The five Principal Arguments for Saving Ancient Forests Are as Follows:
1. They are simply ecologically unreproducable.
2. They contain a myriad of life-forms that no second growth forest can support.
3. Second growth forests can easily yield an annual allowable cut of today’s levels without the need to encroach any further into ancient forests.
4. Less than two percent of all productive forest land in the Sunshine Coast Forest District is protected.
5. We need at least 30 percent for biodiversity to be preserved.There is no such thing as managing an ancient forest or having a certified forest that meets ecological standards. Ancient forests must be left alone, without any interference by man.
Source: Paul Jones – International Forestry Consultant -ret., Co-founder Friends of Caren, Ancient Forests Authority, Caren Range Ancient Forests Authority, Marbled Murrelet Authority – discoverer of the first active nest of the species on the Caren Range that led in 1999 to part of the Caren Range being set aside as a Class A Provincial Park.
RAINFOREST – The Limit of Splendour
Inspired by Kwaxsistalla, a Kwakwaka’wakw clan chief, the filmmaker embarks upon a cinematic journey contrasting the tree-farms that dominate the landscape surrounding his home on Vancouver Island with an ancient rainforest on the Pacific Coast of Canada.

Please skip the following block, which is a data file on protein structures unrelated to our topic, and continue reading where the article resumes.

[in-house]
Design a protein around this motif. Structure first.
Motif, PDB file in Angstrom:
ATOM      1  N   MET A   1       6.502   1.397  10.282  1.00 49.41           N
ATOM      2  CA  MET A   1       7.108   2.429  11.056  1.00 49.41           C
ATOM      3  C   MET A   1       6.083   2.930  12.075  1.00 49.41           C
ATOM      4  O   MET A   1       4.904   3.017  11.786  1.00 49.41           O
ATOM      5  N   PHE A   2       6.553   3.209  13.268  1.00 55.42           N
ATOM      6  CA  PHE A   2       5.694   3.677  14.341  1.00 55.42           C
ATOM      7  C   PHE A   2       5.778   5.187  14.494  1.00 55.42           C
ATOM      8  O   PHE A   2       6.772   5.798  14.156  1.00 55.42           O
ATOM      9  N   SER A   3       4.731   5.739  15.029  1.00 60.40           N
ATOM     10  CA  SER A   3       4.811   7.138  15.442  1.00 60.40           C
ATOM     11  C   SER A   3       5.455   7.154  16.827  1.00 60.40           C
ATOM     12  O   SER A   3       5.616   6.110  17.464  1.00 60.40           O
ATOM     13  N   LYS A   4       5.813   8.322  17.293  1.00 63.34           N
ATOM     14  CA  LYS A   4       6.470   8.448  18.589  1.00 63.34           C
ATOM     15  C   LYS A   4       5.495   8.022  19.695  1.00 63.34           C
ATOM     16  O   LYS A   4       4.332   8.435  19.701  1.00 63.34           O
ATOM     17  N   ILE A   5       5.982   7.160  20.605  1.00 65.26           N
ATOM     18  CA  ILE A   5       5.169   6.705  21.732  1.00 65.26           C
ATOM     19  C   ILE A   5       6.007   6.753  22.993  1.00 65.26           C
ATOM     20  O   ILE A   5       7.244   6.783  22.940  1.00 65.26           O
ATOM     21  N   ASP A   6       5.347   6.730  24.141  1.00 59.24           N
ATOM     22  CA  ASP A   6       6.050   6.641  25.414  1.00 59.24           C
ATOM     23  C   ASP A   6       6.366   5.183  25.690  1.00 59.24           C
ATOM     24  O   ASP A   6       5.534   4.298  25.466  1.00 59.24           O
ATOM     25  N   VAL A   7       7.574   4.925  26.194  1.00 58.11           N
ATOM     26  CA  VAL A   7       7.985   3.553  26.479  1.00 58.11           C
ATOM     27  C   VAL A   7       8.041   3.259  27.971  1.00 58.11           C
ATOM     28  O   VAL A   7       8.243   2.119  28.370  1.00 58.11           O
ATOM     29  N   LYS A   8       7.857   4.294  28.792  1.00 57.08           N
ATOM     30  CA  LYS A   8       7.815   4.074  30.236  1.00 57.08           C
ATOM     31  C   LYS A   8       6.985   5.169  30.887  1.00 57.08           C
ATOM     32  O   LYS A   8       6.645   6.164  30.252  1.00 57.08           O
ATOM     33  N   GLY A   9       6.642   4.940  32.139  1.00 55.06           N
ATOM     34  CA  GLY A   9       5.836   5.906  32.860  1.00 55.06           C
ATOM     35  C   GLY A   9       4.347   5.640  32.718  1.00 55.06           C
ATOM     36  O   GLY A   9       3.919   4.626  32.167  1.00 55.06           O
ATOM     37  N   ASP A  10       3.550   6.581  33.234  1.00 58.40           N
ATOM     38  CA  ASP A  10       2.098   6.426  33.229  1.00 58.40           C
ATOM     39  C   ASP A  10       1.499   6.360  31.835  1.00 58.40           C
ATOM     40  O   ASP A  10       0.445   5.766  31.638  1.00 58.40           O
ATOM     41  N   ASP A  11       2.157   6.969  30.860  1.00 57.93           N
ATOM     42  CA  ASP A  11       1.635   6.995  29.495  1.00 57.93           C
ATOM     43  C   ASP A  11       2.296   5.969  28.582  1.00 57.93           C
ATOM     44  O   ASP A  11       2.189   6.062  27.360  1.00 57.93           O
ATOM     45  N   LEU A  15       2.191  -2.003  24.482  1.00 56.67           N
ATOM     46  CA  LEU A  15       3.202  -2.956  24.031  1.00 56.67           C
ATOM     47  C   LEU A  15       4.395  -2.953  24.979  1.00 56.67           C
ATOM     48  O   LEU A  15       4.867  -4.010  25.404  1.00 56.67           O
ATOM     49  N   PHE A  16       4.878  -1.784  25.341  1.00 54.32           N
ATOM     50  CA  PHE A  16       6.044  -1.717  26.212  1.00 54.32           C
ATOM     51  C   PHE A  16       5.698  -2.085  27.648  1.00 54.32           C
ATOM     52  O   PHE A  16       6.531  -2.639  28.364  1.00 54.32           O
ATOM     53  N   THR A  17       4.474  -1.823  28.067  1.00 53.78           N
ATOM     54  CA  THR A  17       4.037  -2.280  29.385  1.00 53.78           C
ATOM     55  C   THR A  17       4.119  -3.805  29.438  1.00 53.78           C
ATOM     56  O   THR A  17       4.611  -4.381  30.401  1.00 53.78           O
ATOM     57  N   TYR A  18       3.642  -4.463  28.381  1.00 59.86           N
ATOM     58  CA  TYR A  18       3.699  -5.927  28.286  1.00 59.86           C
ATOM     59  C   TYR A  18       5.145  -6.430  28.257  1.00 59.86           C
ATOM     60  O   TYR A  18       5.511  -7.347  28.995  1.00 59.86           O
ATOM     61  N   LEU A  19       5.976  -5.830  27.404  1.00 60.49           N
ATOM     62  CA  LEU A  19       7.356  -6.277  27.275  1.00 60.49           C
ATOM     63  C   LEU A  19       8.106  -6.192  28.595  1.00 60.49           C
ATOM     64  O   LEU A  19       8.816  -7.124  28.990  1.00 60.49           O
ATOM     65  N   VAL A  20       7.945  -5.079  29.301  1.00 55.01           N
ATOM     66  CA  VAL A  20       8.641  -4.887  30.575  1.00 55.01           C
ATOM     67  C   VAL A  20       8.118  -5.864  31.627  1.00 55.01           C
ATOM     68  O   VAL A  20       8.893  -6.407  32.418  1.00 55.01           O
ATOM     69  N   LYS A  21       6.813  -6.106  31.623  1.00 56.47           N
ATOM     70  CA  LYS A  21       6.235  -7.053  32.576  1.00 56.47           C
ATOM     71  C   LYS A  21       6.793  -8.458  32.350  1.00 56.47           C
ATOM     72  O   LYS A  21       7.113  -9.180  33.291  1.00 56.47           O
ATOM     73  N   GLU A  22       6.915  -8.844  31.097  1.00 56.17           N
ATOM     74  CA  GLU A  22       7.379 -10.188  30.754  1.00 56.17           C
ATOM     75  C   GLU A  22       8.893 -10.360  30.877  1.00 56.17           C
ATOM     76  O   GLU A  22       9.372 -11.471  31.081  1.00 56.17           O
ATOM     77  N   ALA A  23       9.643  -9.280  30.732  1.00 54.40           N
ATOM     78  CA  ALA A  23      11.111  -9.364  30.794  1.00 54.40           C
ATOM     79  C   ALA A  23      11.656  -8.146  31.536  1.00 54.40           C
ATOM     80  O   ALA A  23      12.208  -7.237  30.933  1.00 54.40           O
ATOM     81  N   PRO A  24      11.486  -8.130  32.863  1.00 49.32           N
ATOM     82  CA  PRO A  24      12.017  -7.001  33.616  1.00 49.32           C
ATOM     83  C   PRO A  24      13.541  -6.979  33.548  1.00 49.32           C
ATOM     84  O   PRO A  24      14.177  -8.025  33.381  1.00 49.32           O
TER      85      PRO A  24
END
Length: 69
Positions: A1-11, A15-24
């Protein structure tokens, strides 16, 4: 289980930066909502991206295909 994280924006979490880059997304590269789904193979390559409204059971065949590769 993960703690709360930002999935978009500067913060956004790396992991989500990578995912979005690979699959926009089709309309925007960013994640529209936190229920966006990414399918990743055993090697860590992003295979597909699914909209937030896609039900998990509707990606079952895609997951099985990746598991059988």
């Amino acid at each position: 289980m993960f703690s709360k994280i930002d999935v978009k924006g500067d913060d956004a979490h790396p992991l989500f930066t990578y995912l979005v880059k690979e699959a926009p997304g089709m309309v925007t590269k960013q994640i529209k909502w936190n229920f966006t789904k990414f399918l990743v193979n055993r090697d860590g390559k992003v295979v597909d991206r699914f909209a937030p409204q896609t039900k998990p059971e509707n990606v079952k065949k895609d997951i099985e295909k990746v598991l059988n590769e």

Guided by passion and a determination to honor reality, Richard Boyce travels to the most remote corner of Vancouver Island, through some of the most intensive logging on the planet, into a wilderness that is on the brink of extinction. Massive trees, ranging in age between 1,200 years old and seedlings, thrive along the banks of an ancient river floodplain, which provides for diverse life forms in the temperate rainforest. This film is an evocative journey, contrasting forestry as practiced for ten thousand years by First Nation’s people with modern logging.
TED Talks – Richard Preston on the giant trees
Science writer Richard Preston talks about some of the most enormous living beings on the planet, the giant trees of the US Pacific Northwest. Growing from a tiny seed, they support vast ecosystems — and are still, largely, a mystery. TEDTalks2008 – Filmed Feb2008
TED Talks – Nalini Nadkarni on conserving the canopy.
A unique ecosystem of plants, birds and monkeys thrives in the
treetops of the rainforest. Nalini Nadkarni explores these canopy worlds — and
shares her findings with the world below, through dance, art and bold
partnerships. TEDTalks2009 – Filmed Feb2009